Well, it would appear that Barry Levinson is finally calling Rain Man back into action, hoping to use his autistic super-brain to uncover the truth about aliens. Wow, I just kind of made this film's premise sound dumber somehow, but don't worry, people, because this film isn't actually about Rain Man, even though plenty of critics would argue that this film, like Raymond Babbitt, is pretty retarded, except without the glimpses of genius. Hey, I think that this film is alright, but it's hard to look at it and not start calling "Jurassic Park" into question, if you weren't already questioning "Jurassic Park" more than Michael Crichton would want you to before seeing this film, that is. Yeah, Michael Crichton would come up with some crazy sci-fi stories, and you would think that the reception on this film, alone, would remind people that the primary force behind the success of "Jurassic Park" was Steven Spielberg. Well, in all fairness, no one saw this film, thus, no warning was pronounced enough to prevent "The 13th Warrior", "Timeline" and 2006's "The Andromeda Strain" after this flop... which followed such other critical flops as "Congo", "Disclosure", "Rising Sun", and "The Carey Treatment". Wow, Crichton just couldn't catch a break, at least outside of "Jurassic Park", and that would be a bigger shame if he really didn't come up with the best stories, as this film will tell you. Don't get me wrong, again, I like this film, but it has problems, and not all of them are the doing of Crichton. Very much a late-'90s type of thriller, this film juggles steady intensity and pretty fluffy lighter areas, and not always as organically as it probably should, watering down effectiveness by jarring from relatively serious moments into very lighter moments with a disconcerting lack of delicacy, but not so severely that the effectiveness of the harder and fluffier moments is as diluted as it is by unevenness alone. No, people, the tonal flaw that really does a number on the final product's compellingness is subtlety issues, both within the fluffier moments that get to be kind of cheesy, and within the more relatively serious moments which would be more striking if their atmosphere wasn't so overblown on the whole, challenging the final product's weight with overambition that is just as questionable as the genericism. On top of being uneven and overblown, the film also suffers from the common late-'90s commercial thriller flaw of being pretty trope-heavy, hitting familiar beat after familiar beat until reaching predictability that film this reliant on mystery cannot afford to have. Granted, some of the most important areas in plotting are hard to completely predict, but the areas that are formulaic are hard to deny and hamstring this potentially potent psychological thriller, and yet, as familiar as this film's characters and story are, I can't help but feel as though more needs to be said, because you're given only so much beyond the bare minimum of background on the driving forces of this thriller. The film doesn't take as much time as it should to flesh out exposition, and that's a serious shame, considering that the final product, at just under 130 minutes, has more than enough time to build developmental weight, whose limiting leaves the film to struggling to run out the clock through excess and repetitious material that further dilutes steam, until you're left with only so many thrills to obscure the fact that this film's story is relatively simple. I'm going to be honest, I don't really see why this film is as harshly criticized as it is, but at the same time, the flaws are near-impossible to miss, and no matter how much this film proved to be reasonably effective to me in certain areas, the uneven, unsubtle, undercooked and dragging telling of a thin story drive the film, not simply short of potential, but into underwhelmingness. Nevertheless, the film is still not as messy as they say, being decidedly sloppier than it probably should be, to be sure, but with enough compensation to be a decent thriller, as well as a decent showcase of decent music. The great Elliot Goldenthal certainly contributes plenty of compositions to this film, but it's kind of hard to notice, as many of Goldenthal's pieces are about as too subtle for their own good as they are too formulaic for their own good, and yet, when Goldenthal pronounces the presence of his tastes, he commands, gracing his musical touches with a tasteful minimalism and light dynamicity that makes the lighter moments rather lively, and the more somberly intense moments, well, about as haunting as they can be without having directorial strength be quite as potent as musical strength. No, as I'll touch more upon later, directorial strengths do a lot to get the film by, but receive plenty of help from Goldenthal's efforts, which aren't too outstanding, but almost stronger than it should be, considering the limited weight of this film. Actually, while Michael Crichton's story concept is kind of thin in certain areas, weight is diluted most by flaws in the execution of Crichton's vision, which, on paper, has more potential than plenty of people give it credit for, carrying a mysterious sci-fi mythology that is pretty intriguing, with subtle layers and depths which are not celebrated as much as they should be, but are still considerable enough in concept to ignite a moderate degree of immediate compellingness. This isn't exactly genius sci-fi, but the film's concept is sharper than its execution, which is still not too shabby, because as messy as Barry Levinson's directorial efforts are in plenty of places, there are highlights in storytelling thoughtfulness which capture the claustrophobic intensity of this film, while livelier areas in storytelling leave entertainment value to stand as the only consistent strength in this somewhat fluffy thriller. The film has, not necessarily strong moments, but reasonably effective areas that I really do wish were more recurring, yet still stand as hard to deny, at least to me, and while that's not enough for the final product to come all that close to its full potential, it keeps engagement value alive and well for the most part, though not consistent. The film may be consistently entertaining to some degree, but the only aspect that is consistently compelling in this film is the acting, which, even then, is too underwritten for the performers to be excellent, but not so underwritten that this talented cast doesn't deliver on both distinguished charisma and colorful chemistry, both of which do a lot in breathing some life into this thriller which goes anchored by its characters. Really, there are strong aspects to this film, it's just that they're not quite as recurring as they should be, considering the quantity and magnitude of the shortcomings, which are ultimately not enough to prevent entertainment value and a reasonable degree of intrigue from keeping the film going as decent, even if they are still enough to hold the final product back as kind of underwhelming. Overall, the film's tone gets to be uneven, as well as rather overblown with moderately cheesy subtlety issues that, alongside formulaic storytelling, undercooked expository depth and a repetitiously overlong runtime, emphasize natural shortcomings enough for the final product to collapse into underwhelmingness, but not so deeply that strong score work, an intriguing story concept, sometimes compelling and consistently lively direction, and charismatic performances aren't enough to carry Barry Levinson's "Sphere" as a heavily flawed, but ultimately adequately engaging and highly entertaining thriller. 2.5/5 - Fair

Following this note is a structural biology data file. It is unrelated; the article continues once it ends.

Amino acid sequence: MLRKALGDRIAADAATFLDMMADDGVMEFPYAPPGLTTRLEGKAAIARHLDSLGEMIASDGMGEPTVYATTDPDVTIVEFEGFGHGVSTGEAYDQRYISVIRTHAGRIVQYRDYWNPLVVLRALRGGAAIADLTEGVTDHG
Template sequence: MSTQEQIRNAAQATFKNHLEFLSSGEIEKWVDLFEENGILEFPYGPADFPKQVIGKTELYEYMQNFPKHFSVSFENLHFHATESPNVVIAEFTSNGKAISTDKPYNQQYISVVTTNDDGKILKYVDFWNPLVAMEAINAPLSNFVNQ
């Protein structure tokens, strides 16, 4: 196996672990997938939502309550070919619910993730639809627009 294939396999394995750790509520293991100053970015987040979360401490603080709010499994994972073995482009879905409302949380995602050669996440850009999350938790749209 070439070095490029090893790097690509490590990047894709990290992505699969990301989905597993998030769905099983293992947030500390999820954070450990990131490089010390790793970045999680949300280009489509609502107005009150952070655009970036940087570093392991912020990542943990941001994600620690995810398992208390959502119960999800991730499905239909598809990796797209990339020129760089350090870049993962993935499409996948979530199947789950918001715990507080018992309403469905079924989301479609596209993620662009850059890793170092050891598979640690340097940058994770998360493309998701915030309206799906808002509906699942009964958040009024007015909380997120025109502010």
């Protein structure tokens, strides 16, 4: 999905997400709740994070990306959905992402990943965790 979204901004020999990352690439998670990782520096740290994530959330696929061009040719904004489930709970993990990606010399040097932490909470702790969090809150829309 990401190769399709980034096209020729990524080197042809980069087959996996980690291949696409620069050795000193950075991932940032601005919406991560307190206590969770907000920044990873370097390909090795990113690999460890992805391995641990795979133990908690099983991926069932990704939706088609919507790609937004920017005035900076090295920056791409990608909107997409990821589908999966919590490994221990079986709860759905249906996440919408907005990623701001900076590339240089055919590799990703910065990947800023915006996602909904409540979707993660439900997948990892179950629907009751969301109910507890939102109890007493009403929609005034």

Cameron J Super Reviewer
  • Sep 14, 2012
    Reminiscent of several other science fiction thrillers, "Sphere" basically follows the progression of "Event Horizon", except underwater and with far more bizarre deaths. The film is cast perfectly, with Dustin Hoffman, Sharon Stone, and Samuel L. Jackson showing off their range, but Michael Crichton isn't able to effectively adapt his film and it more or less comes off like a science fiction slasher film.
    Christopher H Super Reviewer
  • Apr 26, 2012
    It does a terrible job establishing the 'rules' of the situation everyone is trapped in, so it never really feels like anyone is in actual danger until jellyfish suddenly kill Queen Latifah. On top of the bland script is an equally bland visual environment, it just feels like a missed opportunity on all fronts.
    Alec B Super Reviewer